The Federal Aviation Administration on June 21 issued its first rules covering the commercial use of drones. The rules take effect in late August.
They are a departure from current policy. Right now, businesses may fly drones only if the operators get special permission from the FAA.
Under the new rules, drones may carry payloads if the payloads are secure and don’t interfere with flight. The craft and payload may not weigh more than 55 pounds.
For now, it looks as though drones may not go very far, unless the government grants an exception to an operator. Drones may not leave the operator’s sight, may fly only at daylight or twilight, and may not fly faster than 100 mph or higher than 400 feet (except near buildings). Individual aircraft must be registered with the government.
Drones in flying certain areas near airports need permission from an air traffic control tower. Qualcomm Inc., which flies drones at its Sorrento Mesa campus with special FAA permission, must get an OK from Marine Corps Air Station Miramar prior to any flight.
Responding to concerns about possible invasion of privacy, the FAA said it “strongly encourages all UAS pilots to check local and state laws before gathering information through remote sensing technology or photography.” UAS stands for unmanned aerial system.
An FAA fact sheet covering the new rules is available online at http://1.usa.gov/28Lbgxk
Several manufacturers in the industry reacted positively to the rules.
“We applaud the Federal Aviation Administration for finalizing a rule that will provide immense benefits to the country by opening American airspace for safe, responsible use of small unmanned aircraft,” said the Drone Manufacturers Alliance in a statement.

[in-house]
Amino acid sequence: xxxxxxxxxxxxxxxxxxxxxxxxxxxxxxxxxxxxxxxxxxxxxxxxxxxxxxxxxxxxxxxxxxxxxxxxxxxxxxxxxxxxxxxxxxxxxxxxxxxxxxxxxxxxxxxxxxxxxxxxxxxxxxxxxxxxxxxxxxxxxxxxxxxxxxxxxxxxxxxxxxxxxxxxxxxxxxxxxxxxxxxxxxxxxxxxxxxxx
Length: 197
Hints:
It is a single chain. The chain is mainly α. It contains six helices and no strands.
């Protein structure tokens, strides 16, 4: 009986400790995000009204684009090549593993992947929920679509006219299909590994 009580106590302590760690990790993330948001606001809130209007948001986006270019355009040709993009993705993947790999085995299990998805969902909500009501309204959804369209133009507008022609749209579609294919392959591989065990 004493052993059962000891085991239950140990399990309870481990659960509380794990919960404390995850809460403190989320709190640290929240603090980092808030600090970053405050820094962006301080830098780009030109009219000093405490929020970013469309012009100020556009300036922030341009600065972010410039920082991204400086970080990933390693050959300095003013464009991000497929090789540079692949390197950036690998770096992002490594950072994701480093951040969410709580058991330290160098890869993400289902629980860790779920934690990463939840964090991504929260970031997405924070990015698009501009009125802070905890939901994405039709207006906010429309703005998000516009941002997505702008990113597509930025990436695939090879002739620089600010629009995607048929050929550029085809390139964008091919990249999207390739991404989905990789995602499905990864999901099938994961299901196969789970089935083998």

Alliance members include 3DR, which has facilities in Otay Mesa and Tijuana, and GoPro, which has an office in Carlsbad. Other alliance members are DJI and Parrot.
“We are extremely pleased the rule establishes a risk-based, federal approach for operating drones nationwide, and thank the FAA for engaging industry throughout the process,” the alliance said. “We believe the rule will enhance safety and compliance, and allow a spectrum of industries to utilize drones to save lives, time and expense.
“We look forward to working with the FAA as this rule is implemented, and on next steps for recognizing a set of rules for a micro category of UAS, and for beyond the line of sight and nighttime operations.”
Hobbyists — that is, people who don’t fly their drones for money — may follow previously issued FAA rules.